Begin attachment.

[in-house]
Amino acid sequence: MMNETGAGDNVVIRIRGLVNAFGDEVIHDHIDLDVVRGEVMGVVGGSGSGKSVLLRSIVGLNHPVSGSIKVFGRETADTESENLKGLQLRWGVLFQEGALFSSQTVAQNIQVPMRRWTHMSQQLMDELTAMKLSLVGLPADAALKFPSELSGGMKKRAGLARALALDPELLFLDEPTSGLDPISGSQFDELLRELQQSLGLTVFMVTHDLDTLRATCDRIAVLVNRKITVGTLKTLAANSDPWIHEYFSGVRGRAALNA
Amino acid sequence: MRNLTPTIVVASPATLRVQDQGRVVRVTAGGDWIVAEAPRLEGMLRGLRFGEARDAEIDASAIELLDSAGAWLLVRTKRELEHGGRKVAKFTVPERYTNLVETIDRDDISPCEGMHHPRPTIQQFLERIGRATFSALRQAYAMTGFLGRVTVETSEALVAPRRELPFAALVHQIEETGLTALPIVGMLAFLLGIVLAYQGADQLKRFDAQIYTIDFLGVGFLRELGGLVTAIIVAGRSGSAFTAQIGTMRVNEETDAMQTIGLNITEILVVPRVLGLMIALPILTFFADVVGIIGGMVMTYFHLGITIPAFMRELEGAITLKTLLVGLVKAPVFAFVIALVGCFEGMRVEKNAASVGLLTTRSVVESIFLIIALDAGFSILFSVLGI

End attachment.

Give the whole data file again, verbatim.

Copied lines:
[in-house]
Amino acid sequence: MMNETGAGDNVVIRIRGLVNAFGDEVIHDHIDLDVVRGEVMGVVGGSGSGKSVLLRSIVGLNHPVSGSIKVFGRETADTESENLKGLQLRWGVLFQEGALFSSQTVAQNIQVPMRRWTHMSQQLMDELTAMKLSLVGLPADAALKFPSELSGGMKKRAGLARALALDPELLFLDEPTSGLDPISGSQFDELLRELQQSLGLTVFMVTHDLDTLRATCDRIAVLVNRKITVGTLKTLAANSDPWIHEYFSGVRGRAALNA
Amino acid sequence: MRNLTPTIVVASPATLRVQDQGRVVRVTAGGDWIVAEAPRLEGMLRGLRFGEARDAEIDASAIELLDSAGAWLLVRTKRELEHGGRKVAKFTVPERYTNLVETIDRDDISPCEGMHHPRPTIQQFLERIGRATFSALRQAYAMTGFLGRVTVETSEALVAPRRELPFAALVHQIEETGLTALPIVGMLAFLLGIVLAYQGADQLKRFDAQIYTIDFLGVGFLRELGGLVTAIIVAGRSGSAFTAQIGTMRVNEETDAMQTIGLNITEILVVPRVLGLMIALPILTFFADVVGIIGGMVMTYFHLGITIPAFMRELEGAITLKTLLVGLVKAPVFAFVIALVGCFEGMRVEKNAASVGLLTTRSVVESIFLIIALDAGFSILFSVLGI